The NPS was established by Congress on the 25th August 1916 by virtue of the Organic Act, with a statutory mission “to conserve the scenery and the natural and historic objects and wildlife therein, and to provide for the enjoyment of the same in such manner and by such means as will leave them unimpaired for the enjoyment of future generations.“
At this time, there were only 5 National Parks, including two of the most well-known, Yellowstone and Yosemite, and over the past century, the National Park system has grown exponentially to include over 450 areas of national importance, including National Monuments and Historic Sites.
The NPS is faced with a continuing challenge to operate with boundaries its original mission statement, and the NPS’ constantly changing approach to national Park management epitomizes this struggle. It is difficult to imagine how visitors to the US’ parks have in the past been encouraged to feed and interact with the wild critters of the parks, as well as unsympathetically altering the natural surroundings in an foolish attempt to market the Parks as “America’s Playground”. Fortunately, however, times have changed, as the NPS has reverted to its original methods of preserving the pristine wildernesses it serves. Next year sees the centennial celebrations commence, and the National Park Services will be planning a year-long calendar of events to mark this special milestone.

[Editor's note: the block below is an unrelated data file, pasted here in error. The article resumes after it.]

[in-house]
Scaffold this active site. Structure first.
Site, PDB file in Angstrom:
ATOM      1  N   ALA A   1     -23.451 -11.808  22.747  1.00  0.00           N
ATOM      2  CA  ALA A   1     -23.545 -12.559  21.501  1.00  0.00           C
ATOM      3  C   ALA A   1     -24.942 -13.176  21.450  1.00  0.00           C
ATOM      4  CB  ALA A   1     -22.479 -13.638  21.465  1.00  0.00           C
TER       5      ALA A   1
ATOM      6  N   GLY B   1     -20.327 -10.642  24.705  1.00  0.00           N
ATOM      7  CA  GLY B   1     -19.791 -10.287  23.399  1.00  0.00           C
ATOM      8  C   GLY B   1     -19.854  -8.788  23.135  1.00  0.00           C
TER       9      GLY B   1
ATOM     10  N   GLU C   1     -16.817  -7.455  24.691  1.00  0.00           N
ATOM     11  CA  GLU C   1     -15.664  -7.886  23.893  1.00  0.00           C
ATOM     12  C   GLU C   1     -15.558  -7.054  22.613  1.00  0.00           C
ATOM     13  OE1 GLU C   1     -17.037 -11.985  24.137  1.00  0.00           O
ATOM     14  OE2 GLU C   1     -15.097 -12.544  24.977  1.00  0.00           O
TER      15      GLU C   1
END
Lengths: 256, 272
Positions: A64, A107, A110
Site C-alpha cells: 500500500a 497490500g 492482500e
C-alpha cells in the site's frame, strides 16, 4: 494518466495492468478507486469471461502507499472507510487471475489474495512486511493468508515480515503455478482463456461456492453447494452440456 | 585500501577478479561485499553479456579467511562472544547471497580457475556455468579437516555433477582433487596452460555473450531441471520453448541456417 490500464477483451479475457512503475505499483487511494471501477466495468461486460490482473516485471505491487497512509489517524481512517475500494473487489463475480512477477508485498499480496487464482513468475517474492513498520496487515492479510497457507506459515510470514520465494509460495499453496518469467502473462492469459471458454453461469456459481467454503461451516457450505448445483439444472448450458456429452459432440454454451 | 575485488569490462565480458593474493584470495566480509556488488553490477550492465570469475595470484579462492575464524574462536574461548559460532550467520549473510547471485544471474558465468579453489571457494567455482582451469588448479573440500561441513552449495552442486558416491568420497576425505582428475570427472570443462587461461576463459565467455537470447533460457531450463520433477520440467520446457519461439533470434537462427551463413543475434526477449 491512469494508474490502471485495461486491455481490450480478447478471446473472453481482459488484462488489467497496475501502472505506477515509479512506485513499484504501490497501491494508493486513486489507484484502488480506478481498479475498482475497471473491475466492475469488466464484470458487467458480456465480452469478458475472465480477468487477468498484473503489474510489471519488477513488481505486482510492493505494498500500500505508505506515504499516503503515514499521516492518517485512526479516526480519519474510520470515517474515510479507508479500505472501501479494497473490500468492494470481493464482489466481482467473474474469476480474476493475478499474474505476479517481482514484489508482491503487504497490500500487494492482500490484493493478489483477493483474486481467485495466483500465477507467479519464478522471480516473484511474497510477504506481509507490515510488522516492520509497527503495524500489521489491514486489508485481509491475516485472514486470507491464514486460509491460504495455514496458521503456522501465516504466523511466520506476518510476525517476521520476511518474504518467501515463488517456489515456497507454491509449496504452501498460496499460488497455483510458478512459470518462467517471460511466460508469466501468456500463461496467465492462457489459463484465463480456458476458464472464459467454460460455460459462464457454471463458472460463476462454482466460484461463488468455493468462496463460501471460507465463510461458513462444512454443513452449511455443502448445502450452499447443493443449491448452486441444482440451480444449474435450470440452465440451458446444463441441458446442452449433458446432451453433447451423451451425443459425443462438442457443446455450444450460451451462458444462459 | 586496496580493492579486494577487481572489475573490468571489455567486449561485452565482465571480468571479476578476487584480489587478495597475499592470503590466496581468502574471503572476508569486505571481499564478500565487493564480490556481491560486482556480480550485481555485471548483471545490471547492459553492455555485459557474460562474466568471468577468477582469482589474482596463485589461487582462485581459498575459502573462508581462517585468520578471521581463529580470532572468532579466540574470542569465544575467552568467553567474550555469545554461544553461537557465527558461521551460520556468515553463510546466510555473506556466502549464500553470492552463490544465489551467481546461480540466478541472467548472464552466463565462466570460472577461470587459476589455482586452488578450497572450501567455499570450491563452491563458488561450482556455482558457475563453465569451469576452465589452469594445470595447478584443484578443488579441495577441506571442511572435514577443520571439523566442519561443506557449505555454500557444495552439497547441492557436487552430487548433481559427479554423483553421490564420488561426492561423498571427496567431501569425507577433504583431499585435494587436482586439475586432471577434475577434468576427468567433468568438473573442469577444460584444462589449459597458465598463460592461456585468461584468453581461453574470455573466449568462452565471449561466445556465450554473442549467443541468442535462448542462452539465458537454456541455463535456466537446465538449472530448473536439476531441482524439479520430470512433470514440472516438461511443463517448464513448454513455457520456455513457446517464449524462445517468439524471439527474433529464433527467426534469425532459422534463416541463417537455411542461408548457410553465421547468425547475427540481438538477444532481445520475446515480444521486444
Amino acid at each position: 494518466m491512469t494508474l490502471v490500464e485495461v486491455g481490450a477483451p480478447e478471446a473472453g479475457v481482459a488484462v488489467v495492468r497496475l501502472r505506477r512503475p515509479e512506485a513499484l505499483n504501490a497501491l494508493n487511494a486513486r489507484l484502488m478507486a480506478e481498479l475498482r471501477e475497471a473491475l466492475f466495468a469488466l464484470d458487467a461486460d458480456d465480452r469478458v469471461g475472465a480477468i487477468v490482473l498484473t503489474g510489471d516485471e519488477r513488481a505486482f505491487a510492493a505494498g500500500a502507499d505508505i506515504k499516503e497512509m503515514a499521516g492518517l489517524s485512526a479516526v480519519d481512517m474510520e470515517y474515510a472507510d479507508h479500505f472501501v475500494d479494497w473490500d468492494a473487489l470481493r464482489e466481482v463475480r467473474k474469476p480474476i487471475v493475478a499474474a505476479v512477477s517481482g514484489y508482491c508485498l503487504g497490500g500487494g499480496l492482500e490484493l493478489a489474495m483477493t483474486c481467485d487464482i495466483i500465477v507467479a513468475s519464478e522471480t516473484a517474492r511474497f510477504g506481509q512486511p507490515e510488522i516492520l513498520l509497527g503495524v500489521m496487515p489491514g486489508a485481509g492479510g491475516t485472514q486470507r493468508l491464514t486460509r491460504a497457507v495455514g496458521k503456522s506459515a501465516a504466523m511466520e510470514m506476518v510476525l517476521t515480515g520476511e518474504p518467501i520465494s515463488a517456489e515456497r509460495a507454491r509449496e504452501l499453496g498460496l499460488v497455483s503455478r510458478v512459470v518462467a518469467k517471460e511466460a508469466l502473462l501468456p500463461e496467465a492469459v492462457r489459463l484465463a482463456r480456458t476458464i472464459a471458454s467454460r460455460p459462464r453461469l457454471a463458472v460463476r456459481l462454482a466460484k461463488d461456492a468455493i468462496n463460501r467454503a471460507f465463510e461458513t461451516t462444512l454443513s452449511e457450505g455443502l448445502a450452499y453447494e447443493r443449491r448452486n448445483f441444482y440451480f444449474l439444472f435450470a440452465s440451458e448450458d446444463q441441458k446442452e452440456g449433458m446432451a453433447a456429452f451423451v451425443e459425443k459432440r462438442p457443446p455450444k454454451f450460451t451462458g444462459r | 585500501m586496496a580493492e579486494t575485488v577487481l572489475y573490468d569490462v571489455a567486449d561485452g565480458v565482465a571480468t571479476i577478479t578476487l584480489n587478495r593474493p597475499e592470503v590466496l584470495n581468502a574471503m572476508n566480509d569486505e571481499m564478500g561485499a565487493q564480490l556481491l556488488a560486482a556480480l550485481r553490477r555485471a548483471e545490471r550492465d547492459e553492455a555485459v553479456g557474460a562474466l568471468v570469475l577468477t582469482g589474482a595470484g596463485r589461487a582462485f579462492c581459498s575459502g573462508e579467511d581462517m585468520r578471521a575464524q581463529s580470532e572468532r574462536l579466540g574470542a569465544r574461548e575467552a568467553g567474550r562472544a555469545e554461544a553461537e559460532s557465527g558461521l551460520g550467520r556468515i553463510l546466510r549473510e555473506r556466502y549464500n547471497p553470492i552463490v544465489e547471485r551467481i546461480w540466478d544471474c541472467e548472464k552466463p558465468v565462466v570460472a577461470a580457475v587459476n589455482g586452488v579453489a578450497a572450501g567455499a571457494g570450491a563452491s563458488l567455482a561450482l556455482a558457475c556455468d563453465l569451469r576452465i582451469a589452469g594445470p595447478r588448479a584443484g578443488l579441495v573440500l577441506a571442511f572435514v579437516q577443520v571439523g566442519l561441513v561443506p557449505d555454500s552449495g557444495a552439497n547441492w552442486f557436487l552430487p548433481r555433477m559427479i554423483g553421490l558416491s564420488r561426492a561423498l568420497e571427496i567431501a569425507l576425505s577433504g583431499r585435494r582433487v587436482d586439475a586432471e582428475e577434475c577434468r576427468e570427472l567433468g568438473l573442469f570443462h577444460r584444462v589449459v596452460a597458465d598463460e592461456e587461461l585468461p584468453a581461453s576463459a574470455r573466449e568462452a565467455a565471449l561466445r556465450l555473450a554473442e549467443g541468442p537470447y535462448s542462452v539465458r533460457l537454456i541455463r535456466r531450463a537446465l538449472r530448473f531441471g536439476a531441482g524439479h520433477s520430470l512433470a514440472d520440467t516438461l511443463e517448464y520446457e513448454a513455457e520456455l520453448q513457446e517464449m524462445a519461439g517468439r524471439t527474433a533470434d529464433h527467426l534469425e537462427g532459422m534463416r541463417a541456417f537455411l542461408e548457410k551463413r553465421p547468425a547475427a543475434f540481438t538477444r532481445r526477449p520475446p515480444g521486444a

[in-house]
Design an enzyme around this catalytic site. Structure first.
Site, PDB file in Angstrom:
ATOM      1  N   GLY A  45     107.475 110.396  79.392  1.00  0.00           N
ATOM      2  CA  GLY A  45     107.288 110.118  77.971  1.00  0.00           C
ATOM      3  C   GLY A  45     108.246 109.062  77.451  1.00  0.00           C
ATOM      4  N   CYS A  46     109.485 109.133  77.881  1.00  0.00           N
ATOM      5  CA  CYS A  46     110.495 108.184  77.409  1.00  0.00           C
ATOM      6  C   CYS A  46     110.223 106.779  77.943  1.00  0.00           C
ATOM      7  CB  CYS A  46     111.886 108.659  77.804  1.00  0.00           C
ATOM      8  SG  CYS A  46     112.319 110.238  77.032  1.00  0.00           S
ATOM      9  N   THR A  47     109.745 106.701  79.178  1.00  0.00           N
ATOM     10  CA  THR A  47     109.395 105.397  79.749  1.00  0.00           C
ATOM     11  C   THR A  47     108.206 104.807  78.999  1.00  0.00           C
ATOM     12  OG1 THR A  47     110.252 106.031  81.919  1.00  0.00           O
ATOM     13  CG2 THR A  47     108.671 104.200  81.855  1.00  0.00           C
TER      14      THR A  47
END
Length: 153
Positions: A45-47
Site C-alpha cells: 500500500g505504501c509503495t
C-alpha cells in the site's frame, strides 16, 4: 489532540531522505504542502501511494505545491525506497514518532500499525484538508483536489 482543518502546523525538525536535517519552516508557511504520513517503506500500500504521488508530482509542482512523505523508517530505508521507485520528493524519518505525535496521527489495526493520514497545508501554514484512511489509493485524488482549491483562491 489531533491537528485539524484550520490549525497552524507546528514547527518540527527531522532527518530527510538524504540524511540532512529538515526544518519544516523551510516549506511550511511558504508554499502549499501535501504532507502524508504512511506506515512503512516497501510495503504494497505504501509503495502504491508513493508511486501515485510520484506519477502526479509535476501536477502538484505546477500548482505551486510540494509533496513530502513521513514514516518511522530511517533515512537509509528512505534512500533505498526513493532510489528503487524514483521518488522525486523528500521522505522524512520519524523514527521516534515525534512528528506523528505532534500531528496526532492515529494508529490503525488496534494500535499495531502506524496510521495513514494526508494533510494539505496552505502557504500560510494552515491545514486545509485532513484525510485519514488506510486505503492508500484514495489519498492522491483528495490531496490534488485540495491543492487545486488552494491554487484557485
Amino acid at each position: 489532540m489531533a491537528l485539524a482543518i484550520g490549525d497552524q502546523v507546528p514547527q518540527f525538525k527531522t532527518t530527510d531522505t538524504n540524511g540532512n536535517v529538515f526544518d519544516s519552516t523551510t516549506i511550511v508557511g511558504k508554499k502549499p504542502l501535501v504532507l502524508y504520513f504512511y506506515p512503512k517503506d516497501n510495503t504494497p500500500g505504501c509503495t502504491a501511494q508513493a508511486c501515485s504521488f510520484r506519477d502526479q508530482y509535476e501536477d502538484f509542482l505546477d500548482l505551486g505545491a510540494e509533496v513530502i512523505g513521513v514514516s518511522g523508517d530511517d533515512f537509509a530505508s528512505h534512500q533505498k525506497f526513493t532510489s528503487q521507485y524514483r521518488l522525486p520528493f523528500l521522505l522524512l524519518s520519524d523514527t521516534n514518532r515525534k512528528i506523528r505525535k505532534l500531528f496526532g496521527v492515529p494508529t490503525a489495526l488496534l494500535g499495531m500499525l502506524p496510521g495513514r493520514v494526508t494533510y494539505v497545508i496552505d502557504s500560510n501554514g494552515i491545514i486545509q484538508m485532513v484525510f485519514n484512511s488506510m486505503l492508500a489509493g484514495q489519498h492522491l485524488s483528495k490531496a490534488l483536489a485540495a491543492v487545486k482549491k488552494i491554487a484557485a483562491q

I love the National Parks, and it would be amazing to get to visit all 59 of them (plus as many as possible of the remaining National Monuments and other facilities).
So far, we have managed to visit 10 of the 59: Grand Canyon, CA; Everglades, FL; Biscayne, FL; Death Valley, CA; Lassen Volcanic NP, CA; Yosemite, CA; Zion, UT; Olympic, WA; Mount Rainier, WA; and North Cascades, WA. Below are some of our holiday pictures… We have also visited a number of other NPS facilities, with the most significant of these being Mount St Helen’s and the iconic Statue of Liberty.
The main reason we love the National Parks is the sheer diversity of landscapes, flora and fauna that you can explore. The unbelievable scale of everything there, whether it be the geology or the size of the ancient trees, is often overwhelming, and makes our fantastic UK countryside appear insignificant by comparison. It is difficult to explain the sheer awesomeness of the National Parks to those who haven’t experienced them, and for this reason alone, it is important that everyone looks to experience at least one of these fantastic places in their lifetime.
Over the next few weeks, I will be focusing on our recent trip to the States of Washington and Oregon, featuring three beautiful but very different National Parks – Olympic NP, North Cascades NP and the region’s most visited, Mount Rainier NP.